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  13. '[S]omeone who believes in social, political and economic equality of the sexes' is an egalitarian, not a feminist. Feminism can only be defined by the reality of feminists' actions and words, and many of them (Harriet Harman would be a classic example) are mysandrists rather than egalitarian.

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  14. Bravo. Hear hear. Why are so many women scared to declare themselves a feminist? You've hit the nail on the head and I shall be forwarding "Yeah, buts" to your post from now on.

    MD xx

    ps FLOWERS!!! We need IWD in the UK too. Sod Valentines.

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  15. Yes I'd like to add my voice to the chorus of cheers.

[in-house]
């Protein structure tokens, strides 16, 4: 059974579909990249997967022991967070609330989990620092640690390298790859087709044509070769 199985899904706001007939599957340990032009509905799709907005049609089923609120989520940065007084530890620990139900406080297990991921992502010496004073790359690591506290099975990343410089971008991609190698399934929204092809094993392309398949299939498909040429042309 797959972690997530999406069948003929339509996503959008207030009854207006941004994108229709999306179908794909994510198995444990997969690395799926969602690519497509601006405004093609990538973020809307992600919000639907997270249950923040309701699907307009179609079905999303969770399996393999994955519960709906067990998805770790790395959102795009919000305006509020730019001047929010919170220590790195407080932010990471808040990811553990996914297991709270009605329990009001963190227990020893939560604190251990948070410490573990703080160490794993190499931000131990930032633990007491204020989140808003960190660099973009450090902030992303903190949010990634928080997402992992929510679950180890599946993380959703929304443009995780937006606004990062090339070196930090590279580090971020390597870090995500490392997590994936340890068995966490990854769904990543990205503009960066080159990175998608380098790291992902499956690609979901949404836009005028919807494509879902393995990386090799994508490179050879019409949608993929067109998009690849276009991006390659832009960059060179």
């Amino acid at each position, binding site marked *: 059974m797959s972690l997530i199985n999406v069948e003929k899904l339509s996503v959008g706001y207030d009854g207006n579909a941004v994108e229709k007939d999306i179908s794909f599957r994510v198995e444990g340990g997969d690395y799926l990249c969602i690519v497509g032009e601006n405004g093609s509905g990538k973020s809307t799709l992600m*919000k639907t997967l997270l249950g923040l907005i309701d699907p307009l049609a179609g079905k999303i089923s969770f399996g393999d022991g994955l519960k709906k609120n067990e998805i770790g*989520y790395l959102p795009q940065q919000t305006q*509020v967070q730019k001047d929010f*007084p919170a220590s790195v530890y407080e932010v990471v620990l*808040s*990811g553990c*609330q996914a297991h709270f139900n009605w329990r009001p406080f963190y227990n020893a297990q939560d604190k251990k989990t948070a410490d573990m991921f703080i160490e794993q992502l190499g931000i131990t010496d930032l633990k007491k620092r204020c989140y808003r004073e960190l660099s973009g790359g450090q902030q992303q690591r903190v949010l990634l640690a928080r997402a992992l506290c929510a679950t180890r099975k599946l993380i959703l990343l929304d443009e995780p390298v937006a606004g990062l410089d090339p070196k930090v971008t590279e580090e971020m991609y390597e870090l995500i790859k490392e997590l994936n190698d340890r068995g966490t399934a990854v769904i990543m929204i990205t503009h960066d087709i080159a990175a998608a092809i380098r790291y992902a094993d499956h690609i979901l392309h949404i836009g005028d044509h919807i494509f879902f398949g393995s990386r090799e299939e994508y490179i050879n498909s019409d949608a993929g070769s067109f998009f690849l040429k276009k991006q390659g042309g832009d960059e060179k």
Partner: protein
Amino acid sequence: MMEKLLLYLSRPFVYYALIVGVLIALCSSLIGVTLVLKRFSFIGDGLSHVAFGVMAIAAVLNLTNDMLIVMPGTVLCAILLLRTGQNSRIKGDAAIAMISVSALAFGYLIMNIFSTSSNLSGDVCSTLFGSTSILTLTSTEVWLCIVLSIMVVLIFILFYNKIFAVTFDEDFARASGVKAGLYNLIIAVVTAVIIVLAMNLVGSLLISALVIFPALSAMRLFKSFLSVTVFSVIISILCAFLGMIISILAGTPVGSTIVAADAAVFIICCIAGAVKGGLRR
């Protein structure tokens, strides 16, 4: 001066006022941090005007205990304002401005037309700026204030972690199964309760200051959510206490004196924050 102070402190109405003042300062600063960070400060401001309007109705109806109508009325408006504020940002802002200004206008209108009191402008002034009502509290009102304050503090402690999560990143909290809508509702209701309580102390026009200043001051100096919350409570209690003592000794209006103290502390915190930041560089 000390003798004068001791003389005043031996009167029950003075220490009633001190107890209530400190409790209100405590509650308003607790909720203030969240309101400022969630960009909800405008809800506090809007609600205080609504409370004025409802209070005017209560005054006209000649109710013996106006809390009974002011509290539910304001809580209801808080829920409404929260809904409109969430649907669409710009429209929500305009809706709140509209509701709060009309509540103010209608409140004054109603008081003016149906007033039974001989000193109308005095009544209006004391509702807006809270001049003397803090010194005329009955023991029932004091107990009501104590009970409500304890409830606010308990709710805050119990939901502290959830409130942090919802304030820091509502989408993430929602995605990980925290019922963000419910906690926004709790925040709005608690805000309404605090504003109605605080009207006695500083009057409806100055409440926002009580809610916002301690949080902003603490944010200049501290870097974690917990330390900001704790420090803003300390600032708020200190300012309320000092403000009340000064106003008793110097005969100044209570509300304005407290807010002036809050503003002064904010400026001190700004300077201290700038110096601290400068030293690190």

I get extremely irked when I hear women say 'I'm not a feminist but...' Women have fought hard for our basic rights to things like the vote and free and legal abortion - we owe them a little gratitude I feel.

    I watched a programme on the history of feminism on BBC4 last night. Marilyn French was speaking on it. Inspiring stuff.

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  16. Feminist and proud of it, always have been. Hope my boys and girl grow up to feel the same. In fact I'm getting even more disgruntled and stroppy about equality as I get older and experience more of life.

    Issue of "housewives" for me is that, like other caring and domestic roles (cleaner) it's always been an undervalued role because it's traditionally been a female one and unpaid or poorly rewarded. More stay at home men might help, but only if they join in their droves and drive the pay and conditions up!